Poet, teacher, and critic, Yvor Winters was a man of letters in more ways than one. This selection of his personal correspondence spans half a century of literary history and a lifetime of intellectual development and growth. As a record of a serious artist and thinker's grappling with important issues and, sometimes, with his notable friends, the letters offer new and often unexpected insight into the creative mind at work.
Yvor Winters has here collected, with an introduction, the major critical works—Primitivism and Decadence, Maule’s Curse, and The Anatomy of Nonsense—of the period in which he worked out his famous and influential critical position. The works together show an integrated position which illuminates the force and importance of the individual essays. With The Function of Criticism, a subsequent collection, In Defense of Reason provides an incomparable body of critical writing.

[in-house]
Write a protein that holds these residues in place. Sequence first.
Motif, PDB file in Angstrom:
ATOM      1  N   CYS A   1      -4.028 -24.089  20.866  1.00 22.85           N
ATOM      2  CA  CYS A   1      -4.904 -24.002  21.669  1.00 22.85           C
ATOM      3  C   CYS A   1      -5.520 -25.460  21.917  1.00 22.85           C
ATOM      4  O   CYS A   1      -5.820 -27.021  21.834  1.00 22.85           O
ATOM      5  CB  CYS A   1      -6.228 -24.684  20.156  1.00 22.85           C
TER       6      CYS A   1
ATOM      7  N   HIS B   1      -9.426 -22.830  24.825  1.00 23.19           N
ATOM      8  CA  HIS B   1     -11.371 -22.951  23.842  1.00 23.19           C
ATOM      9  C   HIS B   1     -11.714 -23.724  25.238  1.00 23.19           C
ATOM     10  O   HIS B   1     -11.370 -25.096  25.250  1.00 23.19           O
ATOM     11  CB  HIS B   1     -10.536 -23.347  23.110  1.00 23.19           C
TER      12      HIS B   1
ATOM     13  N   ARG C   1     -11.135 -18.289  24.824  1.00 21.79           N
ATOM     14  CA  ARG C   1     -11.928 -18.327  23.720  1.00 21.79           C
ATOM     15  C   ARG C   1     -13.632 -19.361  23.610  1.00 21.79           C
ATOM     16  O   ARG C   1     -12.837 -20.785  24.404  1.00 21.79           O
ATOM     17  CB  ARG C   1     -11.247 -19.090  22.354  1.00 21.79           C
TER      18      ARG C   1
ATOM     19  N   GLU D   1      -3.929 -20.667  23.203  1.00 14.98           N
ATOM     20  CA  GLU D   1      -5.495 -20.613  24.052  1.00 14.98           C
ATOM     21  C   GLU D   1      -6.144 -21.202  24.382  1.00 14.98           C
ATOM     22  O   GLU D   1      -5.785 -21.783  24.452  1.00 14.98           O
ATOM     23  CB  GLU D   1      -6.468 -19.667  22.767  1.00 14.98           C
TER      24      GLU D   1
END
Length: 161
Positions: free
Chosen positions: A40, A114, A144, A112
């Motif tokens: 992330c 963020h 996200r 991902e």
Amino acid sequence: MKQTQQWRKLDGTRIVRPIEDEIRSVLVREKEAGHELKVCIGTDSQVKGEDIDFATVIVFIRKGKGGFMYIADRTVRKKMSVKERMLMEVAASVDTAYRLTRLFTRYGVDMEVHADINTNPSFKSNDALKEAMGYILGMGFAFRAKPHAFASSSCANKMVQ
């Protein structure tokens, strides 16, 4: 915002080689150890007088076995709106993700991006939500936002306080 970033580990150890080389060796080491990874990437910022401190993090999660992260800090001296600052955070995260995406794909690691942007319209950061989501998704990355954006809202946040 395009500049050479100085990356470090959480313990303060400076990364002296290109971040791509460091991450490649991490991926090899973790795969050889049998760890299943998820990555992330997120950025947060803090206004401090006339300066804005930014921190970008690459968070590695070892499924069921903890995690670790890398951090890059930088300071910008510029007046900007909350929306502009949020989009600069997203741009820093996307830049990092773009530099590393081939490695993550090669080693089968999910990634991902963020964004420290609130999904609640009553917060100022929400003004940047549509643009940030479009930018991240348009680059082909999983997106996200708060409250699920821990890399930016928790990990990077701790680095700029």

With Forms of Discover, Yvor Winters completes his critical canon. The distinguished poet-critic defines by analysis and example the development of the method that he has called “post-Symbolist.” Starting with the styles of the English Renaissance, Winters discusses at length the felicities and shortcomings of these traditions, the main defect being that sensory imagery was little more than ornament.
The Function of Criticism: Problems and Exercises brings together five essays by Yvor Winters: "Problems for the Modern Critic of Literature," "The Audible Reading of Poetry," "The Poetry of Gerard Manley Hopkins," "Robert Frost, Or the Spiritual Drifter as Poet," and "English Literature in the Sixteenth Century."